Old timers used to shoot over snow or a clean blanket, increasing the charge until they saw unburned flecks of powder on the snow or blanket. Then they would back off a bit, and with that batch of powder, hold that load. Another indicator of that perfect load is a sharp crack instead of a rolling boom.
The balanced load is always the most accurate, leaves minimal fouling and is the most consistent
We know the standard barrel length (24 inches) rate of twist (1:28) and the most popular bullets (240 to 300 grains) for most modern .50-caliber inlines. Why not give us a pellet that would produce a burn rate and power level tuned to these parameters and push a 240-grain bullet at 2,000 fps, delivering consistent accuracy, a sharp crack and minimal fouling?
A few months back, Chris Hodgdon sent me just such a product to use. I had to swear not to mention it until now, but Chris wanted me to wring it out and see if it was what I’d been wanting for so long.
Triple Seven Magnum, with a simple two-pellet (100-grain) load, is delivering the best level of accuracy I’ve ever had in my Knight, Thompson/Center, CVA, Traditions and Ultimate rifles. With a 240- to 325-grain saboted bullet or 295-grain Power Belt, the product leaves virtually no fouling, can be fired seven or eight times without excessive fouling, and doesn’t stink!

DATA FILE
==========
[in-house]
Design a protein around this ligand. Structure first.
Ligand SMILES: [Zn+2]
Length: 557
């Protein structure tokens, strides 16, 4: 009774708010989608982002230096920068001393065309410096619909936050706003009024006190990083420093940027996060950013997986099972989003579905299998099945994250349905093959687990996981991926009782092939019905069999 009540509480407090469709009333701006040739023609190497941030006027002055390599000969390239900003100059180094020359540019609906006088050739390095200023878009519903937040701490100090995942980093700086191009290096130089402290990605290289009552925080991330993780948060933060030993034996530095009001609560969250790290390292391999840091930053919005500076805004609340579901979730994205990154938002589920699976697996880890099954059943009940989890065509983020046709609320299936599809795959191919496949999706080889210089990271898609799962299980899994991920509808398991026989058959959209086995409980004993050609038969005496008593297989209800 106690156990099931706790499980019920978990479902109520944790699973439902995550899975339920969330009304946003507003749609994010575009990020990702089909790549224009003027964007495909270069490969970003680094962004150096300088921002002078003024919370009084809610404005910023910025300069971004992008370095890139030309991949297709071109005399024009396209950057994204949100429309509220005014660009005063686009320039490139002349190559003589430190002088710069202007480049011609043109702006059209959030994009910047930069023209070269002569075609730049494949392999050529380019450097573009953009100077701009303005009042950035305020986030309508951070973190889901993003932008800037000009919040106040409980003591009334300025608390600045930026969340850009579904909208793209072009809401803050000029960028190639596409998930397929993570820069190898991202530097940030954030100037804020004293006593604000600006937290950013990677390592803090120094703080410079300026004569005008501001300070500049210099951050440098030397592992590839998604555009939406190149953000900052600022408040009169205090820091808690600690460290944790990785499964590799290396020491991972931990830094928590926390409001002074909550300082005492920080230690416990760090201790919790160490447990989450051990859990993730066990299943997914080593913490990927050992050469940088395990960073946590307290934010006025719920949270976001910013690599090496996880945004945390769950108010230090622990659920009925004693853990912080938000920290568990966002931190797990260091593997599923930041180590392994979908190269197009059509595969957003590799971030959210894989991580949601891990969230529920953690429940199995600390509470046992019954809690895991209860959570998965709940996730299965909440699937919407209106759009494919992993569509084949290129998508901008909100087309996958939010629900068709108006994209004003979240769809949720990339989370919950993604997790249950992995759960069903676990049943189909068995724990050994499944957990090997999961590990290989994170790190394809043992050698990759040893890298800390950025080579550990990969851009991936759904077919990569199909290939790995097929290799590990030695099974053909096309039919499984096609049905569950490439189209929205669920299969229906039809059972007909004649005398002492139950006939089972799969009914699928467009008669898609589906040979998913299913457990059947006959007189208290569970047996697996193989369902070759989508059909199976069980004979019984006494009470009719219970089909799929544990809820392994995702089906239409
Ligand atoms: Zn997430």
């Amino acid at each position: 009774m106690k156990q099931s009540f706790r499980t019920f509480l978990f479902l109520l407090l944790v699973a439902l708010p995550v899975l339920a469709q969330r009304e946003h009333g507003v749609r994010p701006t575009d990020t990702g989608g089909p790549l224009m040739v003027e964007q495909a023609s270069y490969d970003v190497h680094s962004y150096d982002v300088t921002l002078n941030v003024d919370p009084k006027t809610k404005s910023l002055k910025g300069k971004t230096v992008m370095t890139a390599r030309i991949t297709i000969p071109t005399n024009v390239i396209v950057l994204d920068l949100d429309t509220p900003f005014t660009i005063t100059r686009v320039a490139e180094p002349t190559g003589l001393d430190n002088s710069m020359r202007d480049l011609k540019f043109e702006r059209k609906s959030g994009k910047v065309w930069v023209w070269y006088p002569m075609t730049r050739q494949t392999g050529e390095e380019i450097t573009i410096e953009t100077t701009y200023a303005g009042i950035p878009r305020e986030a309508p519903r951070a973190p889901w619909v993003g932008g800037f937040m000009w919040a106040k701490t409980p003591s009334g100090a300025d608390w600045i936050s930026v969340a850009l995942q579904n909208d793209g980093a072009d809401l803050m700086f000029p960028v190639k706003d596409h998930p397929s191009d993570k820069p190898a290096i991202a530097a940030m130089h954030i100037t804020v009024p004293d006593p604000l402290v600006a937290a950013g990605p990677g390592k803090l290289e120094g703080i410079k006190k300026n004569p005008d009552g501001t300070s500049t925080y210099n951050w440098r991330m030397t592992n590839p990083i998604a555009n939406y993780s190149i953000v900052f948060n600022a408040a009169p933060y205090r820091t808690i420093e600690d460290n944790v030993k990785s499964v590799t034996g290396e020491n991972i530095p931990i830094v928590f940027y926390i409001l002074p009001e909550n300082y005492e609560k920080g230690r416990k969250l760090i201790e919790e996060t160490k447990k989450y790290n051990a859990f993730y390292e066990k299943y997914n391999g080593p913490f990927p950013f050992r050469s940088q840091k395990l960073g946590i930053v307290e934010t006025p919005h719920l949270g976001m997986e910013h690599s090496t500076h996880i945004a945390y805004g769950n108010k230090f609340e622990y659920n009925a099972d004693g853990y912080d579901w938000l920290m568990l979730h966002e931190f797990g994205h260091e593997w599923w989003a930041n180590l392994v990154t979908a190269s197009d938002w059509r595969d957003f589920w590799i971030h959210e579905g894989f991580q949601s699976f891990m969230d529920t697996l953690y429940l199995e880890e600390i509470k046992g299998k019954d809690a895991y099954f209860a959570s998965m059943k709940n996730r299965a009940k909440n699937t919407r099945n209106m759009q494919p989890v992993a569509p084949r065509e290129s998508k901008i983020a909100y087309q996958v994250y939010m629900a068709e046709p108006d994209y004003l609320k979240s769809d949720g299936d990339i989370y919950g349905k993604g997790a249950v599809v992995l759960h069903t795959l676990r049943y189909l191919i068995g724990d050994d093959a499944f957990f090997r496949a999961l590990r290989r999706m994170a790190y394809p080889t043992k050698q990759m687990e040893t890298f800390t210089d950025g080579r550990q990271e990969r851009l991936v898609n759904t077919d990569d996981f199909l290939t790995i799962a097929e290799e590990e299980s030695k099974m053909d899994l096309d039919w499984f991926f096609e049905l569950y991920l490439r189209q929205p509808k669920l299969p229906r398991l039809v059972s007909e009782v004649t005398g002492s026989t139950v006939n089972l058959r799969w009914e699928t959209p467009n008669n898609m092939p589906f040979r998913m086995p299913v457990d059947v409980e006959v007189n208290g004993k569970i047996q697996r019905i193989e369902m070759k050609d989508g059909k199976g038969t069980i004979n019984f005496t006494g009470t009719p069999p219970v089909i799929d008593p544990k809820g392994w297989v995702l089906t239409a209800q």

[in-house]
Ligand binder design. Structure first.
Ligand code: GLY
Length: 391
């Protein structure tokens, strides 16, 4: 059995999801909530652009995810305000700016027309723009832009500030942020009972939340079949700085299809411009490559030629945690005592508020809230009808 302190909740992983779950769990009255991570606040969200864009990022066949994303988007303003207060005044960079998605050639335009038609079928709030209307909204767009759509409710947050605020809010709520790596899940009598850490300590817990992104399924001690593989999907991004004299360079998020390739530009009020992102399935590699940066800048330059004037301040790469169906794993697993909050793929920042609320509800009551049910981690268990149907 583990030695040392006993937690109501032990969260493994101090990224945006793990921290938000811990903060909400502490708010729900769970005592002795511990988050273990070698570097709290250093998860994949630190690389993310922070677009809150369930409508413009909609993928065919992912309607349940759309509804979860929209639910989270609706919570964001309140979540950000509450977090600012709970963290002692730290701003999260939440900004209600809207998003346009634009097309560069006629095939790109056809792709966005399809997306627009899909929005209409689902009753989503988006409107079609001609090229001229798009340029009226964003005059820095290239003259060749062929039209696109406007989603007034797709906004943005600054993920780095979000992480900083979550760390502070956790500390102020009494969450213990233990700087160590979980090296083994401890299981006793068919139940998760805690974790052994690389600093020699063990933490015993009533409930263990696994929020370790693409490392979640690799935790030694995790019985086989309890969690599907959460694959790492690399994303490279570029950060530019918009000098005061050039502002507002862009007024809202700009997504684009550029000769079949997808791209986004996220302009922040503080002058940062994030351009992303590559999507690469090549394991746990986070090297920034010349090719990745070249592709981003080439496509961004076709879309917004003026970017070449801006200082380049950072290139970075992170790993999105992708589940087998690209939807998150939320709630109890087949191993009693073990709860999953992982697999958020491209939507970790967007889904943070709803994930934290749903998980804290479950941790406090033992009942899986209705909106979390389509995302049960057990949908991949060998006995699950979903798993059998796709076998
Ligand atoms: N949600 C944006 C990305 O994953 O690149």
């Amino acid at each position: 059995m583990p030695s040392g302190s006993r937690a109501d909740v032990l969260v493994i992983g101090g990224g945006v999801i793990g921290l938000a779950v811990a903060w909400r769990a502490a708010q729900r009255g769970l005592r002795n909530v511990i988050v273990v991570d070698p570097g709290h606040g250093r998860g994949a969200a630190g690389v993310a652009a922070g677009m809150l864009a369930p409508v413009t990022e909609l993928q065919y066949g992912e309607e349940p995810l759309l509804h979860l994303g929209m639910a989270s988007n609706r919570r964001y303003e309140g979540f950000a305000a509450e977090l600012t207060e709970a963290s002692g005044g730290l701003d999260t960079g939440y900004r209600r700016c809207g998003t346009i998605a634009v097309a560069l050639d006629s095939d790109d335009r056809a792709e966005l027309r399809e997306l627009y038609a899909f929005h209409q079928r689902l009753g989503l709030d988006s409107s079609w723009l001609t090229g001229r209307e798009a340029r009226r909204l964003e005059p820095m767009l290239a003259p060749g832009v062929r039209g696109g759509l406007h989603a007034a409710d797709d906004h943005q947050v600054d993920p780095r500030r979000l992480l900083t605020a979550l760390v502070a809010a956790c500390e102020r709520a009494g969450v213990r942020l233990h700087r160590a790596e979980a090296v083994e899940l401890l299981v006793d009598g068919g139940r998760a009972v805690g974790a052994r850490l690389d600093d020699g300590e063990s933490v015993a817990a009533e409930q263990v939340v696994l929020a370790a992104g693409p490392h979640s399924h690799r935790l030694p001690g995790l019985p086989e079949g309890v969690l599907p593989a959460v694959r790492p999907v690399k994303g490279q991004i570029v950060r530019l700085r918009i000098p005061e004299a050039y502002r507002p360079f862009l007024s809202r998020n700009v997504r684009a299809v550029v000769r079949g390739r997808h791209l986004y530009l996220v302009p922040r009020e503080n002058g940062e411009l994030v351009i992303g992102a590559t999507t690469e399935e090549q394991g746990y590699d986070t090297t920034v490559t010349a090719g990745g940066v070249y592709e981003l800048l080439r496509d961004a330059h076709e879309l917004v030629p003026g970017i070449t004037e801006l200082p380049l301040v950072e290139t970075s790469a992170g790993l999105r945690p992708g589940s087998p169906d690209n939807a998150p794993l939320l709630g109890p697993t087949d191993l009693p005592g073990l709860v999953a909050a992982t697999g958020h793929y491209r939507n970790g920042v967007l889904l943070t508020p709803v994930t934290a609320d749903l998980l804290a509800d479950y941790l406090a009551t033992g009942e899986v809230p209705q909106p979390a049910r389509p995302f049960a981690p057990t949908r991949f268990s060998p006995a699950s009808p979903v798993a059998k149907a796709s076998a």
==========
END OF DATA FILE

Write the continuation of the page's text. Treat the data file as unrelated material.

My goal was a simple two-pelletload that would drive my prime loads (240 to 300-grain bullets) to about 2,000 fps accurately, leave no excessive buildup, and stay consistent over a wide range of ambient temperatures. I was hoping to avoid any three-pellet loads, as they enlarge the length of the powder column and effectively shorten the usable barrel length.
Despite how loudly and often I shout that three-pellet loads are inefficient, unnecessary, deliver little gain, and generate excessive recoil and can be dangerous in certain guns, I tested them anyway. The chart shows the results.
Using a third pellet added 400 fps with the 250-grain load and did nearly the same for the 300-grain Hornady. However, accuracy diminished, and recoil was brutal. My 240-grain bullet, traveling at just under 2,000 fps, drops less than 2 inches at 200 yards. I’ll pass on the recoil, thank you, but you’ll have to let your shoulder decide.
The Real Test
It was a freezing day, with temps hovering around 10 degrees, when I spotted the mule deer buck bedded with a group of does beneath the wall of a huge Kansas bluff. It took over an hour to get behind the bluff and climb up the back end. I hoped to get above them and shoot down at an unsuspecting target. Didn’t work!
After all that effort, something boogered them just before I could top over the bluff and look down. The whole herd, strung out in a line with the buck in the middle, was hauling fast on the flats 200 yards below me. I dropped to one knee, popped open my shooting sticks, found the buck in the scope and squeezed the trigger. Two Pyrodex Triple Seven Magnum pellets sent a 240-grain saboted bullet exactly where it needed to go. That Kansas buck is on the wall, and my search for the perfect muzzleloader powder is over.
Reprinted from the September 2007 issue of Buckmasters GunHunter Magazine. Subscribe today to have GunHunter delivered to your home.